You're looking at this in a very rigid way. Renly is aligned with the Tyrells through Loras and also has connections with the Reach. We know this from when Penrose lists off the houses that "love Renly best". Convincing Robert to replace Cersei absolutely is working to expand his own influence, Cersei holds a tremendous amount of power at court through Robert, we see this in how he bends to her will and in the appointments of Lannisters. That influence is backed by Tywin's power but flows through Cersei, by removing her Renly can fill that missing power vacuum with someone that's aligned with his faction. He doesn't need to be in direct league with the head of house Tyrell to benefit from them gaining influence at court, his connections to the Reach and his relationship with Loras make it obvious as to why a Tyrell queen would benefit him over a Lannister who at best he has no influence over and at worst is in complete opposition to him. 

Oh, I get what Renly wanted to accomplish there ... what I don't get (because the author never explained it) is why Renly and Cersei were rivals in the first place. Renly already has tremendous influence at court as the king's brother, Master of Laws, and a great lord in his own right. And while replacing Cersei with Margaery would certainly increase Renly's own power since he would be the new queenmaker his entire plan is a messy and convoluted business indicating that this is not your average court intrigue. With that in mind one imagines that Renly needs considerable motivation to cook up this particular scheme which, in the end, certainly had the potential for civil war. If Cersei and Tywin were not to accept Robert's intention to set her aside they might have a Lannister rebellion at their hands.

I'm also not sure that Cersei's influence at court is greater than that of Renly. Renly sits on the Small Council, he actually governs the Realm while Cersei has no part in that. And since Robert is also not exactly a king who cared about the tedious business of ruling whatever influence Cersei through Robert wouldn't have been that big, either. After all, there are no Lannisters on the Small Council nor in any other high positions at court. The only appointments Cersei secured for her kin were Lancel and Tyrek being made Robert's squires.

In that sense I can only view the Renly-Cersei situation as Renly being motivated by the desire to get rid of Cersei. That was his goal.

But I agree that Renly controls his own friends in the Reach. He and Loras have their own powerbase there, independent of Mace Tyrell, which is clearly evident by the fact that, apparently, Loras and Margaery are the only major Tyrells with Renly on his progress/campaign while Garlan, Willas and Mace remained behind for some reason. I view this as reluctance on the Tyrell side to fully commit themselves to Renly, although most of their bannermen apparently were glad to get the opportunity to ride with 'King Renly'.

My best interpretation for this is that we should assume that Renly had made more than one tour of the Reach in recent years, first by himself (say, when he turned sixteen) and then later with Loras after he started squiring for him. We also know that he toured Dorne in recent years, so one imagines he may have done the same with the Reach. And it may have been that Robert and Jon had him do this as semi-official royal progresses so that House Baratheon's standing with traditional Targaryen loyalists would increase.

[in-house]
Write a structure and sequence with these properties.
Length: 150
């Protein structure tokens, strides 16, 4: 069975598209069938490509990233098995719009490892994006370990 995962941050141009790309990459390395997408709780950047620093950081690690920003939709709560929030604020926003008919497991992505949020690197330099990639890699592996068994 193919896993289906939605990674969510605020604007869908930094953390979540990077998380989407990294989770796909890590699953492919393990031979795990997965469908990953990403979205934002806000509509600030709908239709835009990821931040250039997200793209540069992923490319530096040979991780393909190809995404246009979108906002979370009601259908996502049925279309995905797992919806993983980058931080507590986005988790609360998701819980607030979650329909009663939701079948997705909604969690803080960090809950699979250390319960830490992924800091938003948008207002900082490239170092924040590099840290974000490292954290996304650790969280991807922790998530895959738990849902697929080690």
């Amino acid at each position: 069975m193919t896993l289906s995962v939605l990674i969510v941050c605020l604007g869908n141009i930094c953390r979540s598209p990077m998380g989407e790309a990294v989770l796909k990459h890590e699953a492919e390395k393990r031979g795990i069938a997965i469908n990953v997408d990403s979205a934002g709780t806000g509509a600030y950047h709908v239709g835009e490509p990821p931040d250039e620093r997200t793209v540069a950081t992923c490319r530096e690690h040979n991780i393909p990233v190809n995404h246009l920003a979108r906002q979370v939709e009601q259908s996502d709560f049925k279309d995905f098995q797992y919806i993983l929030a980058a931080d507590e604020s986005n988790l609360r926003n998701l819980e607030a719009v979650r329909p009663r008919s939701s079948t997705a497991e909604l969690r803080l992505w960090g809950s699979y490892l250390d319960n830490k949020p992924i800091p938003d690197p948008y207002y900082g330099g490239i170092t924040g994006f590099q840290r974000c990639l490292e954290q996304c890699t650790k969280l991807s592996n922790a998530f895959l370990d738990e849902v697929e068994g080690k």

Cortnay Penrose's knowledge about the people who loved Renly best must come from a time when Renly established those friendships - after all, as castellan of Storm's End he wasn't part of Renly's campaign and could have had no firsthand knowledge about the men who flocked to Renly's banner after he had proclaimed himself king.

20 hours ago, Universal Sword Donor said:

Stannis hadn't answered letters for month and had essentially self-blockaded DS and large parts of Blackwater Bay, seizing anything that came within sight of the island. But make no mistake he was definitely at risk. As close as he is to Loras, Mace wants a grandson on the throne. We see him make that deal twice. He definitely could have tried to play his hand in a different way, but Cersei was planning on having him killed and he feared the Lannisters were going to kill him. I don't know how much more clear you can get than that.

Oh, I get it why Renly left court when he did. But I have trouble buying the idea that he felt he had no other choice but to proclaim himself king to defend himself against the Lannisters. He could simply raised his bannermen and his friends to form a coalition to oust Cersei and the other Lannisters as the faction controlling Joffrey's regency government - sort of like the Lords Declarant tried with Littlefinger after Lysa's death.

But with the number of men Renly controlled directly or indirectly - and this is a tremendous number considering how many men he draws to his banner in a very short amount of time - he could have easily defended himself against the Lannisters without actually crowning himself.

He could offered Stannis to help make him king. He could have sided with the Starks and Riverlords in their attempts to defeat the Lannisters after which he could have run the regency government of King Joffrey. He could have also just called his banners to do pretty much nothing - like Doran Martell did. He had the strength to offer assistance to either Stannis, the Lannisters, or Starks/Tullys.

The only convincing reason I see as to why this didn't happen is that Renly wanted to be king. The question that remains is at one point he was starting to see himself as king? Was this when he saw Robert was dying? Or only later, after Ned had rejected his offer and he had fled the city? We don't know.

What is odd, though, in any case is that Renly apparently didn't exchange any letters with Stannis after Robert's death. If you imagine you were the guy then you would (1) inform your brother about what had transpired in KL, and (2) ask what he is going to do now and/or what he thinks Renly should do now. This is veritable succession crisis, after all. The way I interpret that is that Renly was already determined to claim the throne when he left KL, or else he would have contacted Stannis before he reached that conclusion.